“Nathan Keys?”

“It’s Nate Kohl!” A black-haired boy hopped off a chair in the waiting room and ran towards me. I waved the father to sit back down, showing some teeth with a smile as if to say it’s all good, I got it from here. He gave one back, one just as charming, and I filed away his lack of wedding ring. It was already a great Tuesday -Molly had called me a leech, and now my last appointment before lunch was a little adopted boy from Brazil.

“And how are we doing today, Nate?” I glanced at the clipboard again, recognizing my own handwriting. Maybe I had jotted down the discrepancy. Hm. I led us through the hallway.

“Good. I brushed my teeth already so you don’t have to.” His eyes were wide, absorbing, until they landed on my shirt. We were allowed our own scrubs, and I liked to wear my green top with the little smiling teeth. The idea was absurd and amused me as much as it amused the smaller children. It was always the kids that made my stitching fall, the ones that didn’t force me to catalog every smile or character of my voice. There was something so heartwarmingly genuine about them. And, unlike animals, they weren’t afraid of me.

“Oh, I don’t know about that. We’ll just have to see.”

The boy smiled back.

I had always felt tossed loose, like I was thrown into an ocean with no weight to anchor me. I never knew, never will know what will come next, and so I never want to know the way back to shore, back to all the others. The dark waters are mine. And the children, well, they seem to keep afloat.

We entered into a room with blue walls and the large painting of a beach. Slipping on latex gloves reminded me of the gloves from last night. The liquid had made the rubber so glossy, and I couldn’t resist globing some on a fingertip and wearing it as a lipstick. It didn’t stay on my lips, it actually seeping into the crevices of my teeth as I howled, but I liked that look too.

“Are you in school, Nate?”

He nodded as I clipped the bib on him. “Second grade. We’re learning how to read clocks now.”

My eyebrows climbed, mouth opening with mock impression. I tugged the cart of tools closer to me. “Can you tell me what time it is now?” I gestured to the digital clock above the door’s walkway.

“That tells you the time!” He said ‘time’ as if he was in part of a Gregorian chant. “We’re learning about hands and minutes.”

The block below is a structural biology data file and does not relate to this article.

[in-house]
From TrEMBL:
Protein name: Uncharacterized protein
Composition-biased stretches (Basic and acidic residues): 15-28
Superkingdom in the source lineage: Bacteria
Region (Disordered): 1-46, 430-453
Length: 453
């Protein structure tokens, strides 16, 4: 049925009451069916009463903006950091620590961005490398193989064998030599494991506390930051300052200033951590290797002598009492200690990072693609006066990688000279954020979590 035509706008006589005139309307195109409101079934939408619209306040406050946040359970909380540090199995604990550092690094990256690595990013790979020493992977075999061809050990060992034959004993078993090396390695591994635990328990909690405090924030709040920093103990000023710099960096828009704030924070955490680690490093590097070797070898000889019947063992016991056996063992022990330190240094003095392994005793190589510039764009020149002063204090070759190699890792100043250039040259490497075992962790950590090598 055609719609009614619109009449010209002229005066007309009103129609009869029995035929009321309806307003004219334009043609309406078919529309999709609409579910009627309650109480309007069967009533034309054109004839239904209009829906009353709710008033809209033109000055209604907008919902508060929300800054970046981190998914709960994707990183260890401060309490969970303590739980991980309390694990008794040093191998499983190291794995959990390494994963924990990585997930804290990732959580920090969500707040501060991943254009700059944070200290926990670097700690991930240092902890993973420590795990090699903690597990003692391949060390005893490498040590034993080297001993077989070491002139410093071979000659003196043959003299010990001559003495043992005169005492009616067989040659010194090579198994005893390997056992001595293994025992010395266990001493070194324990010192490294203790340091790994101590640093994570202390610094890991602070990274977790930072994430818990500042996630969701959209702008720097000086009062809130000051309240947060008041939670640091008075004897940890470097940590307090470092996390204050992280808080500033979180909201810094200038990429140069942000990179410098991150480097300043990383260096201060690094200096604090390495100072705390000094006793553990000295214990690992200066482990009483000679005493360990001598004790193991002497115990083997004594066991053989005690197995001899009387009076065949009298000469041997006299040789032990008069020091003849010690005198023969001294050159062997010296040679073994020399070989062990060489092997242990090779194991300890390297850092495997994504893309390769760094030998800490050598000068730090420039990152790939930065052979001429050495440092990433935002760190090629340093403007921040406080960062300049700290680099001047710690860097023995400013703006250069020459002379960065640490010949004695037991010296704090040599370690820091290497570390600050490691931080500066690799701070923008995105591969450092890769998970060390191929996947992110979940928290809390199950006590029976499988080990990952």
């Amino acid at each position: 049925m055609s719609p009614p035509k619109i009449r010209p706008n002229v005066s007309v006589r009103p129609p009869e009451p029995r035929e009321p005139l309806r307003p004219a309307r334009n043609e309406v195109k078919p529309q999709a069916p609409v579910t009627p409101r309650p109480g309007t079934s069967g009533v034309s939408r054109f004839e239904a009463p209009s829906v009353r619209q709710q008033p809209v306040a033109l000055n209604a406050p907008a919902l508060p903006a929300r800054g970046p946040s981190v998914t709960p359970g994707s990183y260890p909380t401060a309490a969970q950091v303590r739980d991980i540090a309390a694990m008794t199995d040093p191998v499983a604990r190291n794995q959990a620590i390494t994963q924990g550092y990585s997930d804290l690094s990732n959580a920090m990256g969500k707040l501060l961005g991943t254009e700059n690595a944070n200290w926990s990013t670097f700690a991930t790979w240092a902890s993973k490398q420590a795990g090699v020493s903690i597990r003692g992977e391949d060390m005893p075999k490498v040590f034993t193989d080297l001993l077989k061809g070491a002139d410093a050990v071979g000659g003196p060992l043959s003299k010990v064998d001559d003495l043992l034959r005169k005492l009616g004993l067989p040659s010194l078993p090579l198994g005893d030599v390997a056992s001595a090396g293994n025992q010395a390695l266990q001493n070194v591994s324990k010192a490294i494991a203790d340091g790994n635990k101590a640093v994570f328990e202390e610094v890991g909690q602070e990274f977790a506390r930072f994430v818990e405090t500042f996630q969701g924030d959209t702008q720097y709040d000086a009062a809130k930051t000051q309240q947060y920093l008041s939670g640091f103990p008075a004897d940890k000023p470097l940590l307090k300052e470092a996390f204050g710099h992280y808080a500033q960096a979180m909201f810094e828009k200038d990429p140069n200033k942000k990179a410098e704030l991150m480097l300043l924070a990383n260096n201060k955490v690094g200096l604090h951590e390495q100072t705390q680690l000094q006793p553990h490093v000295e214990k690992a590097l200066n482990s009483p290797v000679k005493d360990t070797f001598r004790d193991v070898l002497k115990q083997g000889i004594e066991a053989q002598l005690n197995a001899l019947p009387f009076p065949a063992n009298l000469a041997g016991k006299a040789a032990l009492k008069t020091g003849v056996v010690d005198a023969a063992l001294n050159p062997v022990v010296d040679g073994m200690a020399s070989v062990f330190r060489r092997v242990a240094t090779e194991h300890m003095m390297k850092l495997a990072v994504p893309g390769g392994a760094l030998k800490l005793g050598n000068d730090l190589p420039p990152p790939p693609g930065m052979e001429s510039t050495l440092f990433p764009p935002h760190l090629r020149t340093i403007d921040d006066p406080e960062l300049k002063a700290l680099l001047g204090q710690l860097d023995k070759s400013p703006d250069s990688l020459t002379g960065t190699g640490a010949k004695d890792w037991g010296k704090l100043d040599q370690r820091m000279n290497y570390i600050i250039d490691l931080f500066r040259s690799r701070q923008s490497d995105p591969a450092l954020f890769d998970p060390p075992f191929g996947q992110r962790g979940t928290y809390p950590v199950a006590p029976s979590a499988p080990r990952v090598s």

“I see. That’s pretty interesting.” I snapped the mask over my mouth, hooking the elastic behind each ear and the muscles in my face immediately relaxed. A normal reaction to something, well, happy would be to smile. But I had to learn that growing up. My own instinct with emotion was the instinct to impersonate them. I had mirrors around my house for practice. They kept me on my toes, or as a safety net if I had company and needed to make sure I wasn’t what my dad called “distant” or “inappropriate”. But this job had many perks, the uniform one of them.

I poked around the boy’s mouth, not surprised he hadn’t lied about brushing. All children had a sort of wide-eyed honesty, especially with strangers.

“And what flavor would you like for the paste, Nate?”


I dipped the brush into peppermint instead.

The boy opened his mouth wide when I leaned in. It was a tedious job, and I sometimes let my daydreams take precedence over the mouth I was working inside. I liked to imagine sturdy straps holding the patron down in the chair. I liked to picture them unwilling, to imagine the sound of those belts straining under the pressure of struggling limbs.


It was a quick jab, smooth and sudden like a genuine slip of my hand. The brush knocked against the soft palate near the very back of the little boy’s throat. It immediately evoked a gag reflex and I watched, not so bored anymore, when those wide eyes got wider and he leaned up in the chair to sputter.

“You can rinse now, Nate.”

He coughed for a few more seconds -must be sensitive- and as his eyes began to grow red I wondered if this would be the memory setting off a dentist phobia. When he calmed down enough to gargle and rinse, I realized my mistake in the impulsive act. He never commented on the taste of the paste. But frustration swept across my face as quickly as it came.

“Okay,” I smiled, “now let’s floss.”

He nodded again, abit unsure, but said nothing.

“So, do you like school?” Often, I spoke to patients while inspecting their enamel and gums. I watched the pink muscle writhe like a fish. The boy nodded as best he could.

“Alright, Nate, go ahead and spit. Rinse if you’d like.”

I looked at the clock myself this time, relaxing on the stool. The kid had also flossed, apparently, as evident by the lack of blood beading through the tightly knit teeth. I told myself to hold in the sigh. The lunch hour was right around the corner. I gave the boy the small bag of dental goodies once Dr. Davis gave him a look-over, and sent him on his way.  In the waiting room, the father gave me a crooked smile, trying, but failing miserably to be charming.

I entered the back door, walking on floorboards of what used to be a thriving restaurant in the heart of Chicago. The old building was shut down for reasons never explicitly clear, though newspapers from the time suspected a gambling business which involved some prominent politicians. Whatever the reason, the dinning area had been renovated into a waiting room and maze of exam offices. The kitchen became the building’s break room.

“No cancellations yet,” Molly walked toward me, yogurt in hand and small spoon slipping from between her lips. She was smiling, head held high, which confused me because the pen sticking out of her bun made me think she had somehow impaled herself without realizing.